This allows you to manage business objects (Model) (or direct data access using FoxPro Commands), with the coordinating logic that sets up a model for rendering (Controller Code) and then delegate the actual HTML output generation to a script or template (View).
MVC is a popular development paradigm that's used in many other development environments like ASP.NET MVC, Ruby on Rails, or ExpressJs on Node and many more.
For more info see:
Templates and Scripts
Another UI framework in Web Connection is the Web Control Framework which provides a control based ASP.NET like environment for creating HTML layout. Using a control based framework allows you to drop controls onto an HTML page and then programmatically control various attributes of these control through the code behind these pages. There's also extensive databinding support in these controls to make it easy to hook up data.
WCF allows for visual integration with Visual Studio using the ASP.NET editors to drag and drop controls and use control editors to set properties and perform common operations.
The syntax for these controls looks something like this:
<ww:TextBox runat="server" id="txtCompany" ControlSource="this.Page.oCustomer.oData.Company" />
and you can reference these controls via FoxPro code from the codebehind for a page:
*** Direct control access this.txtCompany.Value = "New Company" this.txtCompany.CssClass = "new-customer" *** Databinding this.oCustomer.oData.Company = "New Company" this.Page.DataBind() && bind page controls
Web Connection has built-in support for creating REST based JSON services that automatically produce JSON output. Using REST services you can easily build HTTP based endpoints that serve JSON data in response to requests. The framework makes it very simple to create methods that take a single input parameter that is parsed from JSON into a FoxPro object, and lets you return a result value or cursor that is turned into JSON. Building a service endpoint is essentially as easy as creating a method that returns data.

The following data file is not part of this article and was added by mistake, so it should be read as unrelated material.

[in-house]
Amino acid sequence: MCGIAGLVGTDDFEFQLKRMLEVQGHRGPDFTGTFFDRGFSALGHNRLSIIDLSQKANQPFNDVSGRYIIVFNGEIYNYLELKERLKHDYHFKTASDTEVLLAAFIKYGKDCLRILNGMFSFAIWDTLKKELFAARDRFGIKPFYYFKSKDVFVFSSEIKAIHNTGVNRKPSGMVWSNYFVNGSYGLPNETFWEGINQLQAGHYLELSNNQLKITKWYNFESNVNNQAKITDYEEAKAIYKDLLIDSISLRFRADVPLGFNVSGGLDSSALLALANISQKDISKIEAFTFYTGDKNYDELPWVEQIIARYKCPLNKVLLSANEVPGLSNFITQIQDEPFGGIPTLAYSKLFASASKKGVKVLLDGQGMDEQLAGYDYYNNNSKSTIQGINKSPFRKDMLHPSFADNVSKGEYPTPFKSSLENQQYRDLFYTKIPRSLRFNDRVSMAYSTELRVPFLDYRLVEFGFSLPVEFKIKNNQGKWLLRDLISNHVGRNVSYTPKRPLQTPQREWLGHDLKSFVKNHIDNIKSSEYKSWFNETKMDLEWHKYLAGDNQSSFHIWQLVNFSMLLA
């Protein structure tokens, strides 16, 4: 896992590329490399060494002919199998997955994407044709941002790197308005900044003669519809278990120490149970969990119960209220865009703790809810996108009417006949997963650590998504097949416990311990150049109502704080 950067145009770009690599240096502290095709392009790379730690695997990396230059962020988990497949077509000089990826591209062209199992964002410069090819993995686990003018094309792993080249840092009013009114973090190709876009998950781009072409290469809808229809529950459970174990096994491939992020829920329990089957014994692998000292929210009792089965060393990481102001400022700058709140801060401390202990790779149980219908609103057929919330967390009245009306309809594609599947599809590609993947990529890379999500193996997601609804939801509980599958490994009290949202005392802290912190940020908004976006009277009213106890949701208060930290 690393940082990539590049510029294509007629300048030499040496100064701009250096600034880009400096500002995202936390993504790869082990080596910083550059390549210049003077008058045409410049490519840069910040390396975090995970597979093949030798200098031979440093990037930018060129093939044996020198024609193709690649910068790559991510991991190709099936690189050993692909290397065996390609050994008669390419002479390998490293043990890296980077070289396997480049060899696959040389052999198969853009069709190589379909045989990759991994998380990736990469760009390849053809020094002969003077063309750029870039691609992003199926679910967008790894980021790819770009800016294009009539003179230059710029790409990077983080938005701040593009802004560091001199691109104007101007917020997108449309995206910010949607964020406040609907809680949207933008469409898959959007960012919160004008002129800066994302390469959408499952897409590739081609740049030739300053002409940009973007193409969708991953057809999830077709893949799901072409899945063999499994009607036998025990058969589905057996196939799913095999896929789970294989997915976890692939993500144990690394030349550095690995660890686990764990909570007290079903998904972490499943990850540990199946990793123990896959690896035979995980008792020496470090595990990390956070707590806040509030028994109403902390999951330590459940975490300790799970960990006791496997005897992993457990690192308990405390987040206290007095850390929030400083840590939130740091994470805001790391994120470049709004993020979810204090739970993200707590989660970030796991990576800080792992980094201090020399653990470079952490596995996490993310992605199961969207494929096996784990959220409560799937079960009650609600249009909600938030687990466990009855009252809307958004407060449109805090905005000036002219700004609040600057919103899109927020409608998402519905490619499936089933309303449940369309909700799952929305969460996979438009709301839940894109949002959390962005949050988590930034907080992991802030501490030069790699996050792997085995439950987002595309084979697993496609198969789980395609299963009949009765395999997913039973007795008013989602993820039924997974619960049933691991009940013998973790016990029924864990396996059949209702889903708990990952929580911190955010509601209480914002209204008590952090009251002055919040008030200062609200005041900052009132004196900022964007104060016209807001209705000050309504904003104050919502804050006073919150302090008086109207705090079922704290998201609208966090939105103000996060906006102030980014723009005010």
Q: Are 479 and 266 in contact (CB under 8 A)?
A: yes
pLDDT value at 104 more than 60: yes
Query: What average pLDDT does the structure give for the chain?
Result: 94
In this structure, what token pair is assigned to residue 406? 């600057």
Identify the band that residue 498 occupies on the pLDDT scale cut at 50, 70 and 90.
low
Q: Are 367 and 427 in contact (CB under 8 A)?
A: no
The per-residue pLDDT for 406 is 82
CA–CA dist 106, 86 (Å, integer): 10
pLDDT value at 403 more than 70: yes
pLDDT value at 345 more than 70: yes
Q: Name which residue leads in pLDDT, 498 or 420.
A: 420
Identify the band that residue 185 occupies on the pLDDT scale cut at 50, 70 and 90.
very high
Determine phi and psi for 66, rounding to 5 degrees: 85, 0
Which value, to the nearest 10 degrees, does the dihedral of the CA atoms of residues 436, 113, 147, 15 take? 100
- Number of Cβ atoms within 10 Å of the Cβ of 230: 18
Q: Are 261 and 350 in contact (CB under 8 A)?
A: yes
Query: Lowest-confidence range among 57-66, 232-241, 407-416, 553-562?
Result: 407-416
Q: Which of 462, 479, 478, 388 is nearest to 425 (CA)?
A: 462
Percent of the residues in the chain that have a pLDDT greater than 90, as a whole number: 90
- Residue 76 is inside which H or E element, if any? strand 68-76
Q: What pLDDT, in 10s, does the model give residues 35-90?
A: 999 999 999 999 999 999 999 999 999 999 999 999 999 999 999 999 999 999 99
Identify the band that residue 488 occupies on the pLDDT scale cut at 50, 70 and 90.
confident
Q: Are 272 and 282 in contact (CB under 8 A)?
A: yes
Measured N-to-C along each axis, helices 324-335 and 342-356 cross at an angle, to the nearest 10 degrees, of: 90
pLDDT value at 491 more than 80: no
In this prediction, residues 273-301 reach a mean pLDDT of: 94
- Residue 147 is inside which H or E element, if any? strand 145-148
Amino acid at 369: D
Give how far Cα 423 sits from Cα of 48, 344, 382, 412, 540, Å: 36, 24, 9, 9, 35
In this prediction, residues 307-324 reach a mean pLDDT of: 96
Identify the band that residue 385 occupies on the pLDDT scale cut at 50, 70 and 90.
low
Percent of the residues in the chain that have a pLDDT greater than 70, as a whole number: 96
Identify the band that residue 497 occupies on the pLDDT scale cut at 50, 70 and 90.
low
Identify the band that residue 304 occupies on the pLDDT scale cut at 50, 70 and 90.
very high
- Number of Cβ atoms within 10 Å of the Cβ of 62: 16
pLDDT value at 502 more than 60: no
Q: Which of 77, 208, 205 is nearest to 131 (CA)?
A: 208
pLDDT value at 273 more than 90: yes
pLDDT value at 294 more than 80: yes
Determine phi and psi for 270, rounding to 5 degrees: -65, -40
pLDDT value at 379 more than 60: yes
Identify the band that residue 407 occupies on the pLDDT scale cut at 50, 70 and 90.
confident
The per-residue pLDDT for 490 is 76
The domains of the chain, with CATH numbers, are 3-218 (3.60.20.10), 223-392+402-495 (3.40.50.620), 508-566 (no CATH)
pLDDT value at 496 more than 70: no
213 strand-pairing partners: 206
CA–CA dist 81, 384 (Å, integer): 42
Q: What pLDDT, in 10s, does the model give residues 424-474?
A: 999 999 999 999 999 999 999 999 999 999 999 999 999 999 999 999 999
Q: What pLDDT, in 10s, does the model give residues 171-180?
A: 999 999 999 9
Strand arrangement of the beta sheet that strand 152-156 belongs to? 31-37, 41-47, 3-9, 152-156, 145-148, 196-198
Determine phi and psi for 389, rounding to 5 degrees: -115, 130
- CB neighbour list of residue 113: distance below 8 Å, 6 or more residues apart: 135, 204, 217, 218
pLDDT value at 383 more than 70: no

JSON Serialization and the JSON Service feature are also available individually so you can serialize and deserialize JSON manually, or add JSON Service like features to existing Web Connection applications.
Creating a REST service method that receives a JSON input and returns a JSON result is as simple as:
FUNCTION StockQuote LPARAMETER lcSymbol loQuoteServer = CREATEOBJECT("StockServer") loQuote = loQuoteServer.GetQuote(lcSymbol) RETURN loQuote
for more info see:
Using the wwRestProcess Class
You can generate output from FoxPro reports to PDF files using the wwPDF class. Using Ghostscript or a number of other third party PDF tools, you can generate PDF output from your Web Connection applications.
Web Connection provides both high level framework features as described in the previous sections, but it can also provide the tools to build a low level framework with your own custom behaviors. You can intercept requests at any level, right from when a requests hits Web Connection to right when it fires off into process classes. It's easy to create your own framework or rendering engine that can plug into Web Connection. A number of frameworks like FoxInCloud build ontop of Web Connection to provide high level features on top of what Web Connection provides.
Web Connection 6.0 and later includes a number of tools to help with server configuration and it generates a configuration script you can use to configure your Web Server. Using the new project structure in WC6 and later, projects are self-contained and mostly xcopy deployable, and using the configuration script makes it easy to deploy your server once it's ready.
Web Connection also comes with a large general purpose library of FoxPro utilities for general purpose development. It includes libraries for Internet Protocols including HTTP, FTP, SMTP, POP3 and more. There are libraries for interfacing cleanly with .NET, serializing JSON and XML, for creating multi-threaded FoxPro components, configuration, and much, much more.
For more info see Utility Classes